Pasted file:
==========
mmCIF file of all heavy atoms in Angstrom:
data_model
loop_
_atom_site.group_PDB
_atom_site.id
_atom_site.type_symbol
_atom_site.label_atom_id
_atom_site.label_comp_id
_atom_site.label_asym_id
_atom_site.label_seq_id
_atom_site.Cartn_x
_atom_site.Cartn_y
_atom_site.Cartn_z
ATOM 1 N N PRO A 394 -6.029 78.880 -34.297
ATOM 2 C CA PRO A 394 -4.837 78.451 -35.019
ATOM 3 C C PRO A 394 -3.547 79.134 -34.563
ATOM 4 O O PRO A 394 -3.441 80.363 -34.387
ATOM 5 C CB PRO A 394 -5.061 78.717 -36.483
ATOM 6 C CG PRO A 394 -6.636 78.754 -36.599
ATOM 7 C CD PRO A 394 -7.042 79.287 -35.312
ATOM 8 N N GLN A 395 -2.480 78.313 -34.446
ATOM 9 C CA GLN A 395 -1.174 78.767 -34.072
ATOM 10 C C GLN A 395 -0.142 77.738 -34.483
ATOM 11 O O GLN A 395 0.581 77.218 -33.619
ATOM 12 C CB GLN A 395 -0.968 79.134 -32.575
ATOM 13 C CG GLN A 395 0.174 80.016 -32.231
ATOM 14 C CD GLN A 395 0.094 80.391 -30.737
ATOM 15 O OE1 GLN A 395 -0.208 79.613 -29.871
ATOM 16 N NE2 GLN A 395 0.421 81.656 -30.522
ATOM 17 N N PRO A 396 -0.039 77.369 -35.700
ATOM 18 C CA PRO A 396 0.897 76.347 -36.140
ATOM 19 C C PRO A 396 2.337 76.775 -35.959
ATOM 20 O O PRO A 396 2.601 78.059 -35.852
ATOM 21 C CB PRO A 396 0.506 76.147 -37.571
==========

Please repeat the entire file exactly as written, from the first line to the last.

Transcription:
mmCIF file of all heavy atoms in Angstrom:
data_model
loop_
_atom_site.group_PDB
_atom_site.id
_atom_site.type_symbol
_atom_site.label_atom_id
_atom_site.label_comp_id
_atom_site.label_asym_id
_atom_site.label_seq_id
_atom_site.Cartn_x
_atom_site.Cartn_y
_atom_site.Cartn_z
ATOM 1 N N PRO A 394 -6.029 78.880 -34.297
ATOM 2 C CA PRO A 394 -4.837 78.451 -35.019
ATOM 3 C C PRO A 394 -3.547 79.134 -34.563
ATOM 4 O O PRO A 394 -3.441 80.363 -34.387
ATOM 5 C CB PRO A 394 -5.061 78.717 -36.483
ATOM 6 C CG PRO A 394 -6.636 78.754 -36.599
ATOM 7 C CD PRO A 394 -7.042 79.287 -35.312
ATOM 8 N N GLN A 395 -2.480 78.313 -34.446
ATOM 9 C CA GLN A 395 -1.174 78.767 -34.072
ATOM 10 C C GLN A 395 -0.142 77.738 -34.483
ATOM 11 O O GLN A 395 0.581 77.218 -33.619
ATOM 12 C CB GLN A 395 -0.968 79.134 -32.575
ATOM 13 C CG GLN A 395 0.174 80.016 -32.231
ATOM 14 C CD GLN A 395 0.094 80.391 -30.737
ATOM 15 O OE1 GLN A 395 -0.208 79.613 -29.871
ATOM 16 N NE2 GLN A 395 0.421 81.656 -30.522
ATOM 17 N N PRO A 396 -0.039 77.369 -35.700
ATOM 18 C CA PRO A 396 0.897 76.347 -36.140
ATOM 19 C C PRO A 396 2.337 76.775 -35.959
ATOM 20 O O PRO A 396 2.601 78.059 -35.852
ATOM 21 C CB PRO A 396 0.506 76.147 -37.571